Comments on Bogaert’s PNAS (1) paper, 2006:
This paper recruited from the gay community people with elder brothers, to compare with heterosexual people with elder brothers. It also recruited heterosexuals from blended families, and families involved in adoption, and also used archival samples. It confirmed a well known effect in the literature – the more elder brothers a boy has, the higher the chance of same-sex attraction (SSA). But the really interesting and novel point is that there was a similar prediction even if the subject had been brought up in a family isolated from those biological elder brothers. The author therefore argues that homosexuality cannot be a social effect peculiar to either family, and must be biological in origin. He then attempts to explain the effect using the maternal immune hypothesis (see below).
The study is not very likely to be affected by the volunteer effect which is the bane of much research in this field. The advertisements (not described in the paper) only asked for gay adoptees and made no mention of older brothers. This was good methodology.
Bogaert does not give enough information about the adoptions. It could be that adoptions were mostly extremely early before there could be any social influence of the biological family. That would strengthen the author’s case for sheerly biological influences. But it could also be that most were mid childhood or later (a result of long-term fostering or divorces, for example) after social effects in the family of origin had come into play. In a check for social factors the author found no connection between SSA and numbers of years spent with either non-biological or biological brothers. But looking only at numbers of years could easily overlook other crucial social data.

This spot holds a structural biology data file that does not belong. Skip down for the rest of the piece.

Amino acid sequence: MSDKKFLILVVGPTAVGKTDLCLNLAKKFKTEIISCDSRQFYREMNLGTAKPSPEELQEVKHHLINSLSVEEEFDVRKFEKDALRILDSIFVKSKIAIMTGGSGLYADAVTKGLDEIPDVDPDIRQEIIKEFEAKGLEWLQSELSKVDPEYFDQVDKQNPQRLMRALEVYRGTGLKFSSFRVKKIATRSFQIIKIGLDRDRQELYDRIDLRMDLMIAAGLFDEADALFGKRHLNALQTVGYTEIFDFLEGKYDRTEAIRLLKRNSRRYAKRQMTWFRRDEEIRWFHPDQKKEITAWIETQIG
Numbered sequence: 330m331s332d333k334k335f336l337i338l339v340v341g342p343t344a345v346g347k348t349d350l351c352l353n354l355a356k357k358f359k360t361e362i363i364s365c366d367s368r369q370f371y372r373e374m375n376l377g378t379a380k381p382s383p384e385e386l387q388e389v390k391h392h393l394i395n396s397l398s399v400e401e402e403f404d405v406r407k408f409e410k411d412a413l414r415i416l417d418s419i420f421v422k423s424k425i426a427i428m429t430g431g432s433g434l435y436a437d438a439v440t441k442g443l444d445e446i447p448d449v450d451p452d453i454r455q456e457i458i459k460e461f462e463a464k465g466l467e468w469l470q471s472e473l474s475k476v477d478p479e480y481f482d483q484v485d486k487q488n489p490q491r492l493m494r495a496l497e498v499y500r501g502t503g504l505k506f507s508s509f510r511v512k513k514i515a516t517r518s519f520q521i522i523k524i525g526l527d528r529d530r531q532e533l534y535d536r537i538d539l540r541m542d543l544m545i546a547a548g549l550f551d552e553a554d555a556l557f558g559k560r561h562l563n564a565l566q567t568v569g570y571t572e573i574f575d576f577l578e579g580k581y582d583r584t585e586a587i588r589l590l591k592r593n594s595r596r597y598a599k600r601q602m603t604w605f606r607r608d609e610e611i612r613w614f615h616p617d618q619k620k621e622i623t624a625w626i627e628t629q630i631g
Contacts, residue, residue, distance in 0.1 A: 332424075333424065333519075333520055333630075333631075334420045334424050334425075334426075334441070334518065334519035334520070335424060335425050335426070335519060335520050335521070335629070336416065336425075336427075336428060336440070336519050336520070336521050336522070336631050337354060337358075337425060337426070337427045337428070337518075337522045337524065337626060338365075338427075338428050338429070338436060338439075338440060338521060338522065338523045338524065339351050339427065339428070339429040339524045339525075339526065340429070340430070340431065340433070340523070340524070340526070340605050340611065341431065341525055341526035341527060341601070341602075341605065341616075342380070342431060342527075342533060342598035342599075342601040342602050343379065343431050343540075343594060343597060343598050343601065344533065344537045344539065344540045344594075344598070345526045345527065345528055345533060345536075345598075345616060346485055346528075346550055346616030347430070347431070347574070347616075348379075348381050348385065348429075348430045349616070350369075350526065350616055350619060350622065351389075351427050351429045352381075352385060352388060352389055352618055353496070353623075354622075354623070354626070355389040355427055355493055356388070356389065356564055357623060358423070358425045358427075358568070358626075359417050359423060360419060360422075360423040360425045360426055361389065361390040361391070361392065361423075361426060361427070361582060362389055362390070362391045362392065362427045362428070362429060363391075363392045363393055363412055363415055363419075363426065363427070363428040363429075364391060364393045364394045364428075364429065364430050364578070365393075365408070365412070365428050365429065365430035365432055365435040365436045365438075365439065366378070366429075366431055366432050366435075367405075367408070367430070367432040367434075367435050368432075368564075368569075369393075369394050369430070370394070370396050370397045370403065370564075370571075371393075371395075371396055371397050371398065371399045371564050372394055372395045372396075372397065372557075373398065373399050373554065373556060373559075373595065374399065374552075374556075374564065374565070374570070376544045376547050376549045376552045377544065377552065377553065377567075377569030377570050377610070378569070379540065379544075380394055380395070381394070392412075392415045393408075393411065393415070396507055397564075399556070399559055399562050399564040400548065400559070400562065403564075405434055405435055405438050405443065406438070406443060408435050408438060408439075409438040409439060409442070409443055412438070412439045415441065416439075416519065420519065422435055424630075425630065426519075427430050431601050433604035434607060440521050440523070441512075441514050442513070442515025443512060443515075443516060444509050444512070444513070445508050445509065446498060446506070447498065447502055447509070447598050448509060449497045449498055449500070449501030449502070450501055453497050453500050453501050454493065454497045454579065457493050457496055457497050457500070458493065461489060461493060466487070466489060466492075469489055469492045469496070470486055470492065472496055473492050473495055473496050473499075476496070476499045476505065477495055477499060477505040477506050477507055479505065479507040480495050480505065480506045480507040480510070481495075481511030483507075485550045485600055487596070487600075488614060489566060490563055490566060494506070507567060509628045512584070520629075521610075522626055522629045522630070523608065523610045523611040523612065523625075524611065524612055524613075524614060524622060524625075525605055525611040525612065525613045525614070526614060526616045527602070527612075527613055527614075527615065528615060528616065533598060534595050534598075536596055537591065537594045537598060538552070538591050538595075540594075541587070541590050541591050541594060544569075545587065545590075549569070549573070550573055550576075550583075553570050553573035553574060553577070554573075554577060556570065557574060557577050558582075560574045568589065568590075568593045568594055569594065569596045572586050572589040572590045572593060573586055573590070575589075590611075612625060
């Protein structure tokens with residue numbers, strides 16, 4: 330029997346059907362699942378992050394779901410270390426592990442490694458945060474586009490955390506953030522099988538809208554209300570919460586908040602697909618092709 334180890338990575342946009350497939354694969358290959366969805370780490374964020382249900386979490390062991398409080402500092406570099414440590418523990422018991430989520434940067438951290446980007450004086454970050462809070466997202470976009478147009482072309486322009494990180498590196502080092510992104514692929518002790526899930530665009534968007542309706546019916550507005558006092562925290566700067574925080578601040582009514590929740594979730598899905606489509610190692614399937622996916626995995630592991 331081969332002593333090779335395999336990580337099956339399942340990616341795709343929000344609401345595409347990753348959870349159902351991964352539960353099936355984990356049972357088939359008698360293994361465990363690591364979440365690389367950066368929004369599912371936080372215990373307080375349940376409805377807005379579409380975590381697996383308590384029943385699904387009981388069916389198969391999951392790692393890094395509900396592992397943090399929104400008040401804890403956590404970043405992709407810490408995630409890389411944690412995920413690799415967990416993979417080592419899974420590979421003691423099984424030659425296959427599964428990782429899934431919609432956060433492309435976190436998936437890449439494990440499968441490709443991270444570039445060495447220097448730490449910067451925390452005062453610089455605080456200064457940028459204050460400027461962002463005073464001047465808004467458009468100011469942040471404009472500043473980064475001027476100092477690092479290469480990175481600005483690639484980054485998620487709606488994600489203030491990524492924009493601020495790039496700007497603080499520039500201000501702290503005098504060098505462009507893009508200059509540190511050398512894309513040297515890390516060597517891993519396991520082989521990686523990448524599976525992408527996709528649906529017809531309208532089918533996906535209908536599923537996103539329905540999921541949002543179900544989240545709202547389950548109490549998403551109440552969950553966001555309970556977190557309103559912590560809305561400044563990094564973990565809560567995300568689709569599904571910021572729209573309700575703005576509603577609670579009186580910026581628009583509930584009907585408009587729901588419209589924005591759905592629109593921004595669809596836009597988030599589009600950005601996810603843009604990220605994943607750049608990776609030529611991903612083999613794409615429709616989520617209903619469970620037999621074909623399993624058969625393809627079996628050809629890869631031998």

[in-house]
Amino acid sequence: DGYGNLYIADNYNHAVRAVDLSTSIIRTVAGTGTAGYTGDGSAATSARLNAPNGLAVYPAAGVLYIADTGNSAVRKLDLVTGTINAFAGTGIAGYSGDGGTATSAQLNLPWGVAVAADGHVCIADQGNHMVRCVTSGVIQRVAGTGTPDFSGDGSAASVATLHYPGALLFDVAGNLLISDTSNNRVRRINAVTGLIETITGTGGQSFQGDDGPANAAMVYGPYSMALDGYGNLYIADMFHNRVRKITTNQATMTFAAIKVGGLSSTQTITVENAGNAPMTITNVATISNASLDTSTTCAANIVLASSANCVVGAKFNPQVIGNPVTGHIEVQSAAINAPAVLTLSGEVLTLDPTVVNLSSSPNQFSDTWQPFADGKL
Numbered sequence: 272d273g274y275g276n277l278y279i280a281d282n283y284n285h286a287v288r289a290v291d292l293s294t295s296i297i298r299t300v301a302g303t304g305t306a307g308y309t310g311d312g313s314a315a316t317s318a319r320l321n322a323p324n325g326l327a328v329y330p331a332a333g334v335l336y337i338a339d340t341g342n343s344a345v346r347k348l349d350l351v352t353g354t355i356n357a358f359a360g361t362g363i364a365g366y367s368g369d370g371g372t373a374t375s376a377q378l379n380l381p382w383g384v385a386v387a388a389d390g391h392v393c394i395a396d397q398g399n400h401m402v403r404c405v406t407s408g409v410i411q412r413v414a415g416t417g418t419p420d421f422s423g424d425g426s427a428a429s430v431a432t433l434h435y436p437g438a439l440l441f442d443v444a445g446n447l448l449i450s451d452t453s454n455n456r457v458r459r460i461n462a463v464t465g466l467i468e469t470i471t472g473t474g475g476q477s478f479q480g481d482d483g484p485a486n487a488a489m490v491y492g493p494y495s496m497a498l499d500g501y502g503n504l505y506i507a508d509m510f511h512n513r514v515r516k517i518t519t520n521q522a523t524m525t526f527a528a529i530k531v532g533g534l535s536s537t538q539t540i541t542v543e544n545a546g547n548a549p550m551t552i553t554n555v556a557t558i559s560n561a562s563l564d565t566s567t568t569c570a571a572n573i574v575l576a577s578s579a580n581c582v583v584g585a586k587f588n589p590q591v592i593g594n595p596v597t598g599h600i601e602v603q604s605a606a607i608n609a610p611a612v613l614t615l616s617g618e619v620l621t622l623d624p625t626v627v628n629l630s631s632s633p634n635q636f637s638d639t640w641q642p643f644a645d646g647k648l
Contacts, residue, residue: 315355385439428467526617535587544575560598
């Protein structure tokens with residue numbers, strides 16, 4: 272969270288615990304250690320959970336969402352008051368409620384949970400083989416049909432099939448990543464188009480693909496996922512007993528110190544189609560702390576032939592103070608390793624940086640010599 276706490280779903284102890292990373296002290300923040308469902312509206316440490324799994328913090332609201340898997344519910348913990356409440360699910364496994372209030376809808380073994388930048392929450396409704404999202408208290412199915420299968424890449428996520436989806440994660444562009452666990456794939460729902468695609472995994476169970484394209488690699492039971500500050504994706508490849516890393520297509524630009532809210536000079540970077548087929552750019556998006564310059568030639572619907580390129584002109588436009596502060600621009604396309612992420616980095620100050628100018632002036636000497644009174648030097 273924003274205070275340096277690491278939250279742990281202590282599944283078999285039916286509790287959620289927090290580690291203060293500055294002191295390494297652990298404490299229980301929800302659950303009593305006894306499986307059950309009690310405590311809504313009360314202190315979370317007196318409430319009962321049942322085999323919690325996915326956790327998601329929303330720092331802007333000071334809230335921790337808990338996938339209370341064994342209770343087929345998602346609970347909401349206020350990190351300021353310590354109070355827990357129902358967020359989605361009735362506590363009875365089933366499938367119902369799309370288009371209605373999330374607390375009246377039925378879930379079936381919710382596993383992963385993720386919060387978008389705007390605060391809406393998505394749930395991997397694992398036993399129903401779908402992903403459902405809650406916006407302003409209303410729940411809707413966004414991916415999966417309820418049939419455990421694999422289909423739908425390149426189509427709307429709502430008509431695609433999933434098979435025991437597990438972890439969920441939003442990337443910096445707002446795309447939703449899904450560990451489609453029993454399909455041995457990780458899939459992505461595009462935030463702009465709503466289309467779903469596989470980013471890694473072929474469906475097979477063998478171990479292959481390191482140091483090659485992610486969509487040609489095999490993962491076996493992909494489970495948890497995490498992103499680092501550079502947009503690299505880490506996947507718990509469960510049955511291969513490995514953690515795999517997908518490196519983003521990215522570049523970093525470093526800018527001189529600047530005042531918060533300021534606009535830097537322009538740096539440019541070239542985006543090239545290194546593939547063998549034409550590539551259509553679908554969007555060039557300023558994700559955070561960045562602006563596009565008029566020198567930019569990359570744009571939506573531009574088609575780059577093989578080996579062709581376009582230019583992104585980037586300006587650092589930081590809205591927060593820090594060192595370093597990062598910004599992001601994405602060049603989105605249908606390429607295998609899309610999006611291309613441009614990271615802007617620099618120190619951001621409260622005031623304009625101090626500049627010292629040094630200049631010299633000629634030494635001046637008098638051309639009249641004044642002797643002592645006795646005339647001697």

I am also unhappy statistically with some aspects of the modeling. Trying to use his model with so many (18) variables and so few (378) subjects, weakens the statistical power so much that the result will have a large error, and the author does not present an analysis of how bad this effect is.
The author goes on to strongly press the case not just for a biological origin of SSA but a maternal immune hypothesis. This hypothesis has at least four speculative layers to it, and requires much better evidence before it gains general acceptance. (Click here for a critical review of this hypothesis).
Importantly it should be remembered that most gays do not have elder brothers. The present theory tries to explain the SSA of perhaps only about 17% of the gay population. The SSA of the others must arise from other sources.
The paper in no way warrants the media frenzy it has generated, particularly the headlines which argue that SSA is already fixed in the womb.
(1)Proceedings of the National Academy of Sciences